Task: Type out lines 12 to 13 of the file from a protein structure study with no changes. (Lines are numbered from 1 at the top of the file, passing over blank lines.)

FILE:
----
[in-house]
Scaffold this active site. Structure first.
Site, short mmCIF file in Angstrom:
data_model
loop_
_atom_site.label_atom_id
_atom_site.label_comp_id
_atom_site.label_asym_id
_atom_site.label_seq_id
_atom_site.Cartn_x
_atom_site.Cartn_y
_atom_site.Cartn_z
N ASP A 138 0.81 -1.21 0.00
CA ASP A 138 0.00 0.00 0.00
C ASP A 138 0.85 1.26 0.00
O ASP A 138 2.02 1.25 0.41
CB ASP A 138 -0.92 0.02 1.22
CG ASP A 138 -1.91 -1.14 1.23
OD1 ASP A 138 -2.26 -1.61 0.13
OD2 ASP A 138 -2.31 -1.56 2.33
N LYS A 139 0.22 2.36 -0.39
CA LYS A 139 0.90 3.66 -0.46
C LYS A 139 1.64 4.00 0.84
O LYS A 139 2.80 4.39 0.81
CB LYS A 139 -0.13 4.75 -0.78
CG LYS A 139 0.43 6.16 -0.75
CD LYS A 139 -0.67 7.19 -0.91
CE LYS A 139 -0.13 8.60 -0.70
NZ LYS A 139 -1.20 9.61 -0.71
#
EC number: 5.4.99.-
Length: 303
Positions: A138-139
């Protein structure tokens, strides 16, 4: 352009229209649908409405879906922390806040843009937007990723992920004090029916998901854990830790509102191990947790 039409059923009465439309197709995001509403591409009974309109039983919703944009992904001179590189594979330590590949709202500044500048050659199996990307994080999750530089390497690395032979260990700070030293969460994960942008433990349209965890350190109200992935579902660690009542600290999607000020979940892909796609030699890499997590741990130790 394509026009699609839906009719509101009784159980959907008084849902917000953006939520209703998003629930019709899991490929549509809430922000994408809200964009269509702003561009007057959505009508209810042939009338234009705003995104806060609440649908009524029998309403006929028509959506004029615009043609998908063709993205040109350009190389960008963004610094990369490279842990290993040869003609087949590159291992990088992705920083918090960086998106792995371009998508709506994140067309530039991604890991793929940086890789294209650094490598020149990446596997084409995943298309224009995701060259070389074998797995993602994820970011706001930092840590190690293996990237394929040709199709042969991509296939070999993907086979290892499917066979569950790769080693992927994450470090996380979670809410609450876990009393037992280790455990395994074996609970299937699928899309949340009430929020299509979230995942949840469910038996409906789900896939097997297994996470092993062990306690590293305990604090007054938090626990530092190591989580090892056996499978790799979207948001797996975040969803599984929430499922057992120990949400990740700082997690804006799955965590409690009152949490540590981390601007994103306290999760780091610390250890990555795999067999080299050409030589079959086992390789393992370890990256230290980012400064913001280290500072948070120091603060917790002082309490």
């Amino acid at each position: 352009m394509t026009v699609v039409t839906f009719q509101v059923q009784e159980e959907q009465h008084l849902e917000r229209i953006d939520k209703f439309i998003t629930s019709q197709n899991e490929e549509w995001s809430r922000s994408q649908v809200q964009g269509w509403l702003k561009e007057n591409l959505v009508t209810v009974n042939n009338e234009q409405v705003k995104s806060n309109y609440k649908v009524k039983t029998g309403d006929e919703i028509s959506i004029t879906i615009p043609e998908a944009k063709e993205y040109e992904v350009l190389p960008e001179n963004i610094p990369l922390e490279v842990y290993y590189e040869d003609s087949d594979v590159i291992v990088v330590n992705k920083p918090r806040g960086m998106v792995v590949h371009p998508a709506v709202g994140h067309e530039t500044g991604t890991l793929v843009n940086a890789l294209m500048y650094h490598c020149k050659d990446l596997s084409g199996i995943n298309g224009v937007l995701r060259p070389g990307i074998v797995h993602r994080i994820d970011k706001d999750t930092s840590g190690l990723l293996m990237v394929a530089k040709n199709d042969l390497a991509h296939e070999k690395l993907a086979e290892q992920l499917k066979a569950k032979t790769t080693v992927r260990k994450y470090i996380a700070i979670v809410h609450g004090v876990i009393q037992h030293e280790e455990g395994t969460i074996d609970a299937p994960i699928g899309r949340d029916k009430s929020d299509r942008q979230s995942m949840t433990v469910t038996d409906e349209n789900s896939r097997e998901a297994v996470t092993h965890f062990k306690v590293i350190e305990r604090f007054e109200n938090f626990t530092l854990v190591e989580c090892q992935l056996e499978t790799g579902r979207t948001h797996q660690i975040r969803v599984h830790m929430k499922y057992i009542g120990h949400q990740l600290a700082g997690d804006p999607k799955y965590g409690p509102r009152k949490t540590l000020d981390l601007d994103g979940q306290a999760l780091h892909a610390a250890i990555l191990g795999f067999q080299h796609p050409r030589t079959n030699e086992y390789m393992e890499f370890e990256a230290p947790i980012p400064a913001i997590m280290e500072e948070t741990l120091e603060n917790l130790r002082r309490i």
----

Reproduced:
_atom_site.Cartn_z
N ASP A 138 0.81 -1.21 0.00